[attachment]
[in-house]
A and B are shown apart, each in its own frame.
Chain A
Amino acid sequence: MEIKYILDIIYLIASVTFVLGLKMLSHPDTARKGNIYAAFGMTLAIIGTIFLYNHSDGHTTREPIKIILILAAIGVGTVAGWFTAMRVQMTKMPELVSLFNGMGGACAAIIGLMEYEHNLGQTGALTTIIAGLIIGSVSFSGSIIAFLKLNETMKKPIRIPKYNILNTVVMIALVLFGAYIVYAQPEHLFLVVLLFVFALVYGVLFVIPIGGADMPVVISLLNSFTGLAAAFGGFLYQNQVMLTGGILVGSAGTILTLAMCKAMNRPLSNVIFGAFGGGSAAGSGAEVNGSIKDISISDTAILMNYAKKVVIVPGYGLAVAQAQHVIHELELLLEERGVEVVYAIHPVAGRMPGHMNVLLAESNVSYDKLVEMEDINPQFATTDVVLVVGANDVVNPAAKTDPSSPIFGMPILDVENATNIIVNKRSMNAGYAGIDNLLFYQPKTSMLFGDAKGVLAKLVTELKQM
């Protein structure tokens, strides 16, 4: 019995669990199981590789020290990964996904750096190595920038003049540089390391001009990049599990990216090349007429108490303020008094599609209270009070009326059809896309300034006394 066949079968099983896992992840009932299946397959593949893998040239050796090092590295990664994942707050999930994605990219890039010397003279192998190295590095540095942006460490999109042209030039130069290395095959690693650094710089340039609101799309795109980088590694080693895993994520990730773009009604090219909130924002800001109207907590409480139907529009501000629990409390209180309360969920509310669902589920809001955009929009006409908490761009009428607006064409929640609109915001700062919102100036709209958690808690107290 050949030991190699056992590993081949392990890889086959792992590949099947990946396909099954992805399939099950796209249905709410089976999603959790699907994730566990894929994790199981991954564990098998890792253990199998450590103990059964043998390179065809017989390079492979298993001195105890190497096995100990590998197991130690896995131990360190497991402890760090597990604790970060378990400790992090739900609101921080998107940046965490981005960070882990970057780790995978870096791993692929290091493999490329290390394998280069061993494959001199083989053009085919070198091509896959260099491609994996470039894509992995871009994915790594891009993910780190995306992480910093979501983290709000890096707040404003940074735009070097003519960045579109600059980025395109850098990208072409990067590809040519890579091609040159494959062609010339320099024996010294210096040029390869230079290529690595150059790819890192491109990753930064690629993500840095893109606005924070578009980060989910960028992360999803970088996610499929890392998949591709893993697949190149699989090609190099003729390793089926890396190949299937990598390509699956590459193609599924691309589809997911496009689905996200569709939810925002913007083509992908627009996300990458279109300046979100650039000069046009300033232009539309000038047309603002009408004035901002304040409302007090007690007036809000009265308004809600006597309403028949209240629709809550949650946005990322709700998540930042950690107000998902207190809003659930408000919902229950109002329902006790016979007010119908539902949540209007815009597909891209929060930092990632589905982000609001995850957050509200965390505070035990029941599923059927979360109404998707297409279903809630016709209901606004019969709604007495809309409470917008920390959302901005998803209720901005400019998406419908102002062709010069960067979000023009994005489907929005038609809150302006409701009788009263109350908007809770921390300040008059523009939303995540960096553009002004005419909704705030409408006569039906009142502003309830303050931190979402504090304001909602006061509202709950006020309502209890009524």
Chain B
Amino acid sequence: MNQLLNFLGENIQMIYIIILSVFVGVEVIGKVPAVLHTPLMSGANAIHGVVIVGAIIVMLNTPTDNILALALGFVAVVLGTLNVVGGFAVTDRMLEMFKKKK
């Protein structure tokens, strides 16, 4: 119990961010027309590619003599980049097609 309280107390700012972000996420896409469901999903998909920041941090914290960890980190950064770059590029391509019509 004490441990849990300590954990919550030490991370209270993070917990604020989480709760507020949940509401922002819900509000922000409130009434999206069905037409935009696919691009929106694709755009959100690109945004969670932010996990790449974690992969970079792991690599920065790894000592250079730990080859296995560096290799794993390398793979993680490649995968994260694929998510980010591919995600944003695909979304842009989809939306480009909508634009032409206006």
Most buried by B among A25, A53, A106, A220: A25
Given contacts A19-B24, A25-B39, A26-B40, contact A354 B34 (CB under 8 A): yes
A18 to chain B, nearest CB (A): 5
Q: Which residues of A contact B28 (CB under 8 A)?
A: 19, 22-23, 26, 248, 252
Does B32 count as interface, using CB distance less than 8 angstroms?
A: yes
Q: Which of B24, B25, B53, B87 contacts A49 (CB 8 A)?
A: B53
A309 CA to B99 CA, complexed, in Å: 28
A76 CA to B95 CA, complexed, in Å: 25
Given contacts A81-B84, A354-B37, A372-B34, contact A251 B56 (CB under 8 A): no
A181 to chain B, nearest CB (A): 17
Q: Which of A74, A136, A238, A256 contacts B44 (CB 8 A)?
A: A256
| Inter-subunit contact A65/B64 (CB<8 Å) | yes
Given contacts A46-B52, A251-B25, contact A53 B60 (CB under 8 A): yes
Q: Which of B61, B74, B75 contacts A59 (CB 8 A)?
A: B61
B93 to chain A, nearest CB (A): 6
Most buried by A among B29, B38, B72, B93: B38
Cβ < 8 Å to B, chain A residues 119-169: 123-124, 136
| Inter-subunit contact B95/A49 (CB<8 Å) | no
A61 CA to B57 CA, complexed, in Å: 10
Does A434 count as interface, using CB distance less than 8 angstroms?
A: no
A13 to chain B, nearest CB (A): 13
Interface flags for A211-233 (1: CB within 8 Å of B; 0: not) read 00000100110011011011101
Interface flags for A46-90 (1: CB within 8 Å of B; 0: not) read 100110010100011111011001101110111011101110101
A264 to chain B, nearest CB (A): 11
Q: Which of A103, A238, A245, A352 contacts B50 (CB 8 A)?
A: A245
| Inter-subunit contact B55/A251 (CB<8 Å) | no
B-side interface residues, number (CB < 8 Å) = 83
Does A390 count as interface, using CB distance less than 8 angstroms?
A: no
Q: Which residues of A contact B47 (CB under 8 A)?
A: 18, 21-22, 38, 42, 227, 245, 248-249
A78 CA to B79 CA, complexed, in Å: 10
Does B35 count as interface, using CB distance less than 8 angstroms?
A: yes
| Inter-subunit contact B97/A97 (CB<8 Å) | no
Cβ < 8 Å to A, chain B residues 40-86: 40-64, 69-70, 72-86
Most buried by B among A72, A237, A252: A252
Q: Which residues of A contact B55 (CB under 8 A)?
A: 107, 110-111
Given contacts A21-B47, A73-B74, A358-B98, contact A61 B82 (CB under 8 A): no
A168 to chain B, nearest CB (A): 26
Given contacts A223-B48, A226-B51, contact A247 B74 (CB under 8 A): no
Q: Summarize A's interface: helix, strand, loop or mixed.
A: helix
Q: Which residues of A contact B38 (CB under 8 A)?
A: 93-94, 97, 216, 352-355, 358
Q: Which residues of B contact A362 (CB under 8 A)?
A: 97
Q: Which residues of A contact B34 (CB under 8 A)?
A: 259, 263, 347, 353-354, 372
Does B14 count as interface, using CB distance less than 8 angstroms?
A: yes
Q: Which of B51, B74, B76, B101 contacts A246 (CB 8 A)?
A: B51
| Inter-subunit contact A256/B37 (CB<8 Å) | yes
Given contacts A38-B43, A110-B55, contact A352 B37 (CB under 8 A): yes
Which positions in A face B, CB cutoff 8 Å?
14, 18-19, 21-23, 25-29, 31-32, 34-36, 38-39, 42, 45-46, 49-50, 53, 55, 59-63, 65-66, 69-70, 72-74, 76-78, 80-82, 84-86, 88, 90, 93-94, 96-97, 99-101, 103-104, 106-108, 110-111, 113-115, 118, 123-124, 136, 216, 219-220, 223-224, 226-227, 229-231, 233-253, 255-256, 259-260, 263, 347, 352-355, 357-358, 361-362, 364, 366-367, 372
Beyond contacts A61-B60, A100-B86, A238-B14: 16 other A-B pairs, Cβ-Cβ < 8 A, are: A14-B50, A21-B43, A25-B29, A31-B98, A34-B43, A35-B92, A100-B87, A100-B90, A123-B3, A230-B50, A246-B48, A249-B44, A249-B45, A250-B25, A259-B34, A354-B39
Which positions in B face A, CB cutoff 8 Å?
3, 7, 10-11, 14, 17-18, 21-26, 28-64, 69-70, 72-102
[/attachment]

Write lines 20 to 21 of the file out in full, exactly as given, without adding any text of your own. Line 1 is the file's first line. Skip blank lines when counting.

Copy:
Given contacts A81-B84, A354-B37, A372-B34, contact A251 B56 (CB under 8 A): no
A181 to chain B, nearest CB (A): 17